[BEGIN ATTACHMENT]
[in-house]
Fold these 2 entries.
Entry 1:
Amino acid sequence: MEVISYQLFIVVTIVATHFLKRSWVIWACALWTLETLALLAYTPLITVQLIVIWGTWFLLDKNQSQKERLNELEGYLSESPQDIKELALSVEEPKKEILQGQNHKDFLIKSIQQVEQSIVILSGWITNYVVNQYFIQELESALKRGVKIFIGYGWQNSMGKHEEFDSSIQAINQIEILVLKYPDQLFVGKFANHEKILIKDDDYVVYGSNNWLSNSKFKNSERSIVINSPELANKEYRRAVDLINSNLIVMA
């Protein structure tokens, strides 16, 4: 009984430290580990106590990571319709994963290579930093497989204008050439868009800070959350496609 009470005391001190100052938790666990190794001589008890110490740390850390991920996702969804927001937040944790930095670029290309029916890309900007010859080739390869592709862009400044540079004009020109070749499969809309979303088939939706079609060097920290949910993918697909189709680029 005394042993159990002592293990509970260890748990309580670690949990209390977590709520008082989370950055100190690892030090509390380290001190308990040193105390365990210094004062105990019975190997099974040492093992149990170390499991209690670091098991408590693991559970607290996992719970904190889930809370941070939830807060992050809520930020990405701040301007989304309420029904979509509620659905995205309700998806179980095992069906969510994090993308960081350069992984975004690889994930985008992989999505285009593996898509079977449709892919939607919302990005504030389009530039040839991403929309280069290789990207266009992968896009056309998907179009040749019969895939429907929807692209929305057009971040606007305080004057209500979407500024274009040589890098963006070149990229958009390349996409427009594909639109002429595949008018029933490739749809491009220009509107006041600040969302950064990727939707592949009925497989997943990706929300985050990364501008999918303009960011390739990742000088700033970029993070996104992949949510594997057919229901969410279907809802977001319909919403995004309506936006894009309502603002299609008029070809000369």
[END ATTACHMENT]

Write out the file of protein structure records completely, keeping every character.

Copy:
[in-house]
Fold these 2 entries.
Entry 1:
Amino acid sequence: MEVISYQLFIVVTIVATHFLKRSWVIWACALWTLETLALLAYTPLITVQLIVIWGTWFLLDKNQSQKERLNELEGYLSESPQDIKELALSVEEPKKEILQGQNHKDFLIKSIQQVEQSIVILSGWITNYVVNQYFIQELESALKRGVKIFIGYGWQNSMGKHEEFDSSIQAINQIEILVLKYPDQLFVGKFANHEKILIKDDDYVVYGSNNWLSNSKFKNSERSIVINSPELANKEYRRAVDLINSNLIVMA
């Protein structure tokens, strides 16, 4: 009984430290580990106590990571319709994963290579930093497989204008050439868009800070959350496609 009470005391001190100052938790666990190794001589008890110490740390850390991920996702969804927001937040944790930095670029290309029916890309900007010859080739390869592709862009400044540079004009020109070749499969809309979303088939939706079609060097920290949910993918697909189709680029 005394042993159990002592293990509970260890748990309580670690949990209390977590709520008082989370950055100190690892030090509390380290001190308990040193105390365990210094004062105990019975190997099974040492093992149990170390499991209690670091098991408590693991559970607290996992719970904190889930809370941070939830807060992050809520930020990405701040301007989304309420029904979509509620659905995205309700998806179980095992069906969510994090993308960081350069992984975004690889994930985008992989999505285009593996898509079977449709892919939607919302990005504030389009530039040839991403929309280069290789990207266009992968896009056309998907179009040749019969895939429907929807692209929305057009971040606007305080004057209500979407500024274009040589890098963006070149990229958009390349996409427009594909639109002429595949008018029933490739749809491009220009509107006041600040969302950064990727939707592949009925497989997943990706929300985050990364501008999918303009960011390739990742000088700033970029993070996104992949949510594997057919229901969410279907809802977001319909919403995004309506936006894009309502603002299609008029070809000369």